Topshop owner Arcadia will press ahead with store closures and rent cuts after two US landlords withdrew their opposition to the plans.
Sir Philip Green’s retail group said the landlords had agreed to drop their challenges following “significant and constructive dialogue”.
Following the withdrawal, Arcadia is free to move forward with its Company Voluntary Arrangements (CVAs) which were voted through by creditors in June.
As part of its restructuring plans, the company decided to push its US subsidiary into administration and close 11 Topshop and Topman stores in the market.
Ian Grabiner, chief executive of Arcadia, said that all seven of the CVAs could now be implemented.
“On behalf of the board, I would like to thank all of our staff, customers and creditors for their loyal support during this tough period for retail businesses,” he said.
“We can now look forward to implementing our strategy and delivering our growth plan for the Group.”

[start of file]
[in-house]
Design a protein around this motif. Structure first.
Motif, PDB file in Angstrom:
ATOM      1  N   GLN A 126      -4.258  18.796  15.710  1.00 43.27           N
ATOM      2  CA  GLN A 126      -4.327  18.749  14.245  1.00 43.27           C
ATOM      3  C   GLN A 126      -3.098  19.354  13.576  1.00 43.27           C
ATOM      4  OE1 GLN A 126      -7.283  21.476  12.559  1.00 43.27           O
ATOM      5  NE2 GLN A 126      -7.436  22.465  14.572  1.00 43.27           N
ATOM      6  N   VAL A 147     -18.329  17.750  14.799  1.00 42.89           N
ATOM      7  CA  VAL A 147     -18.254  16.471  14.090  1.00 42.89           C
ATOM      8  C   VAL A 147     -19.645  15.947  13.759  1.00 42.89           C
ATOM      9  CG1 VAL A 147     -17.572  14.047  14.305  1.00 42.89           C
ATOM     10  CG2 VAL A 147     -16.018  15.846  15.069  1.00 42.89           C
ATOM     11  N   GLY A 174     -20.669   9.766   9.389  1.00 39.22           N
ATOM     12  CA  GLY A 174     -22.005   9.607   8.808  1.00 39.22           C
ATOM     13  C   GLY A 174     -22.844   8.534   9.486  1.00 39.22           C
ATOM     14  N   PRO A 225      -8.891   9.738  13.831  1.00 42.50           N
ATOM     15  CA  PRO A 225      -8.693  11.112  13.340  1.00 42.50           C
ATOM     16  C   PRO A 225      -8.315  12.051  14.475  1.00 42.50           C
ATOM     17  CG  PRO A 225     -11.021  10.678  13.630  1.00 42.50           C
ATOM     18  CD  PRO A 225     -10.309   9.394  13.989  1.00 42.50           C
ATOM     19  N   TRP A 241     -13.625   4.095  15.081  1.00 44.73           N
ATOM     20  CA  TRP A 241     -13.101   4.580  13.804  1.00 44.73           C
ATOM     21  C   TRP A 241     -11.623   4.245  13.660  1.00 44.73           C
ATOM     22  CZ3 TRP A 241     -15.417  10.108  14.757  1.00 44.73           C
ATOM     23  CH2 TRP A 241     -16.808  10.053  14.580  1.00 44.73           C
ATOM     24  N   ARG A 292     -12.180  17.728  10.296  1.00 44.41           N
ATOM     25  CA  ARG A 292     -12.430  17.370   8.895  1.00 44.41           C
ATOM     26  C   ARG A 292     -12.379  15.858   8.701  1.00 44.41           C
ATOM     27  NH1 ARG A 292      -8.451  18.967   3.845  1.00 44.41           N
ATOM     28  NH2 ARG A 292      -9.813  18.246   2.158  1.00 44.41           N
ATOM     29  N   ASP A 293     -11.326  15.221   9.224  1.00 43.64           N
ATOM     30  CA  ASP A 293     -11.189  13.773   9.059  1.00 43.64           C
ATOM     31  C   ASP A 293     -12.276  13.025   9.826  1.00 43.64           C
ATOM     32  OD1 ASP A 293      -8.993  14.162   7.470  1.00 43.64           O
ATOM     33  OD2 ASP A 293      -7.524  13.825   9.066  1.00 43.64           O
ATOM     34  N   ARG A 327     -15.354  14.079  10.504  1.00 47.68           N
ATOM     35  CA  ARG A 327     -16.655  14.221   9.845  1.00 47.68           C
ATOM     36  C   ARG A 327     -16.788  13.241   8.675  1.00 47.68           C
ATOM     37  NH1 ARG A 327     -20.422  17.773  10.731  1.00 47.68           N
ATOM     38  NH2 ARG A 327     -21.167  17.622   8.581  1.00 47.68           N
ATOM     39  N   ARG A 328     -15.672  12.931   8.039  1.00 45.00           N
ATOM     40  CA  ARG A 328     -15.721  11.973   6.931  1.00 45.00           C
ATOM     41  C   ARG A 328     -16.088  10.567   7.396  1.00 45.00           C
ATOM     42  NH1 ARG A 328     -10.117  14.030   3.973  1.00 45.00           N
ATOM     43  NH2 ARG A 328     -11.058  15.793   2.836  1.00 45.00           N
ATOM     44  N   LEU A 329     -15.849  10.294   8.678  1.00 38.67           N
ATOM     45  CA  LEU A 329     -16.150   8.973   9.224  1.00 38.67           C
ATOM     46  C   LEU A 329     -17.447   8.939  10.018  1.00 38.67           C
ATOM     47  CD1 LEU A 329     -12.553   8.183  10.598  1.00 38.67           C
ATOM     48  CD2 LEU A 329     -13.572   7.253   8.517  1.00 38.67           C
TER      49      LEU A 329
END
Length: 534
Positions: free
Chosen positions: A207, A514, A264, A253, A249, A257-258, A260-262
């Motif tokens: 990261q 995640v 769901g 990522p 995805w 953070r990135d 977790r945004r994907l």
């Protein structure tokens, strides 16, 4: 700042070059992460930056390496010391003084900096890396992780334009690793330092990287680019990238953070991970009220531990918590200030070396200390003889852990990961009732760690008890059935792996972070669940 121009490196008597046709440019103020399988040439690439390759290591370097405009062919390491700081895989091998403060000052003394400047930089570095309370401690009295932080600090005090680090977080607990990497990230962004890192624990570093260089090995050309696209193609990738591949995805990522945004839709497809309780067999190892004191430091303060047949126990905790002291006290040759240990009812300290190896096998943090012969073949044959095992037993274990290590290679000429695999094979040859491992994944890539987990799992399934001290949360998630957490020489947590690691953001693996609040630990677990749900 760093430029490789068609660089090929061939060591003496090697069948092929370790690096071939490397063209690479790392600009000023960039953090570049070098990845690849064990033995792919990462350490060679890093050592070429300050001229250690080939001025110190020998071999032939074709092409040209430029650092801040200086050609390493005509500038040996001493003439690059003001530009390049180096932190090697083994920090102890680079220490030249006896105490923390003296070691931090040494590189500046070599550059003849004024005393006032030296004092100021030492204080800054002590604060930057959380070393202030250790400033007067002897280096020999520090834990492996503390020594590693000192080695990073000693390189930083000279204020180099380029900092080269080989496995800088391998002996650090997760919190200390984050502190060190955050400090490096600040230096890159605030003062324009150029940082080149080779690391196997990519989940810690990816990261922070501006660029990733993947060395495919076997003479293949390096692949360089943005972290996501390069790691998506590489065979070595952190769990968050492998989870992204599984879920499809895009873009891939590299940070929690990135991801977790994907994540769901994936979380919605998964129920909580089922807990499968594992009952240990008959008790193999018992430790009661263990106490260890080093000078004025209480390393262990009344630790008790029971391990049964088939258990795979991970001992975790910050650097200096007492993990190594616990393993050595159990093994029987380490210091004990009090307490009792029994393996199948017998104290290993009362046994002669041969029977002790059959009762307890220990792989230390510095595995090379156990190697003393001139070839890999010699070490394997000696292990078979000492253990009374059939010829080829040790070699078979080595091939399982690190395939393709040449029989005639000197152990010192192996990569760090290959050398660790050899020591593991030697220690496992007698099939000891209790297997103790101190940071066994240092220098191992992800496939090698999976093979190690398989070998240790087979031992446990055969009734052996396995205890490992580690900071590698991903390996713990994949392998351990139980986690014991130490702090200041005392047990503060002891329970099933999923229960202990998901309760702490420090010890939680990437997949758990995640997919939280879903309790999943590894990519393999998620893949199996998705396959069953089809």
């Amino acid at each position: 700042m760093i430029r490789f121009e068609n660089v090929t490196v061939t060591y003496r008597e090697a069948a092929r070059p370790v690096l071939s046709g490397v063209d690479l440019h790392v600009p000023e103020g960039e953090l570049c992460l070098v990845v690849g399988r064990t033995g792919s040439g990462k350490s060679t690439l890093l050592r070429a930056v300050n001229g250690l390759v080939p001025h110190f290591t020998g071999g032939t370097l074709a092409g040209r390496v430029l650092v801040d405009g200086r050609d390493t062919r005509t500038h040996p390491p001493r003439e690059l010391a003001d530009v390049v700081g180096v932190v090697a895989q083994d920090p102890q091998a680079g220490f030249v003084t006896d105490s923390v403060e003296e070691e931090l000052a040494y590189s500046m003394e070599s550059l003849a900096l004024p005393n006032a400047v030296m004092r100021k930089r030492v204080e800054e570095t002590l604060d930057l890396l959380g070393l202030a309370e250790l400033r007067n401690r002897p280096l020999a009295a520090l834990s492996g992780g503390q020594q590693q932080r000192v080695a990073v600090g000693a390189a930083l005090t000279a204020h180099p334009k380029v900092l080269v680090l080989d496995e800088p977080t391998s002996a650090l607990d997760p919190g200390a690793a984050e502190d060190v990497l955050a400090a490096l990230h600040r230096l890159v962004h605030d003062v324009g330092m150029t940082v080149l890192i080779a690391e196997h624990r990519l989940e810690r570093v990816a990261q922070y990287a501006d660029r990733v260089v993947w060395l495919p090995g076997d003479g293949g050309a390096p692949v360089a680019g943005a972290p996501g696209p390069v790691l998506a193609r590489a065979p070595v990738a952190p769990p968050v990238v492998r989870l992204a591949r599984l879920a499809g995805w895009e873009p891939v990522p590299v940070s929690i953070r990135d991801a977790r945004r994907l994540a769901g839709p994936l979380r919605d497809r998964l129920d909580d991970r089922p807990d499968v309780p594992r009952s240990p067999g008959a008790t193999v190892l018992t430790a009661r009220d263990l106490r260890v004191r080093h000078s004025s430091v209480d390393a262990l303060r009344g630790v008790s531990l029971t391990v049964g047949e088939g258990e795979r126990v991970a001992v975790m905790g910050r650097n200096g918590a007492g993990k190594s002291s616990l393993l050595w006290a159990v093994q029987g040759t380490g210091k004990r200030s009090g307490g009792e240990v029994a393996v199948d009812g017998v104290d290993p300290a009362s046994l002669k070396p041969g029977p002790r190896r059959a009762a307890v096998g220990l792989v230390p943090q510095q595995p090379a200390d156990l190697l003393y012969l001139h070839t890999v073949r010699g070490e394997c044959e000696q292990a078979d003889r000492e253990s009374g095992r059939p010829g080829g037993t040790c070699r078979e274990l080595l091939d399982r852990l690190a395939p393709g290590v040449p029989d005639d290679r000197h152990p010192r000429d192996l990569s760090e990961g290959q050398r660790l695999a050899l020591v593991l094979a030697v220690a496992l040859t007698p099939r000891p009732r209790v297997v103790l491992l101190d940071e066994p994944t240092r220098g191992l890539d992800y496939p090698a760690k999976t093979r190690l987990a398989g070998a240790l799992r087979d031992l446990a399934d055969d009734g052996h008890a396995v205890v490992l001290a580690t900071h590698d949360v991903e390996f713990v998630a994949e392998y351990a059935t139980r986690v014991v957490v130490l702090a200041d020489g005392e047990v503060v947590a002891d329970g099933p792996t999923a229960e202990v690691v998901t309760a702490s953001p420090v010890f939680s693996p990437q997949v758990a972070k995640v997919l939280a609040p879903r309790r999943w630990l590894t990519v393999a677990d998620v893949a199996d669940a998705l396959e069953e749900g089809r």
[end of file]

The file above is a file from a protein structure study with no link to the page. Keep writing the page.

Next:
The shake-up of Arcadia’s shopping empire also includes 23 store closures in the UK, putting around 1,000 jobs at risk.
Another 25 operating under the Miss Selfridge and Evans stores are also in the process of being shuttered, while landlords of some remaining shops will be paid a reduced rent bill.
The proposals have been the subject of controversy since they were made public, with the initial meeting to pass the CVAs being adjourned due to a lack of support.
Sir Philip and his wife Lady Tina Green later added amendments to the proposals to win over landlords and the plans were eventually approved.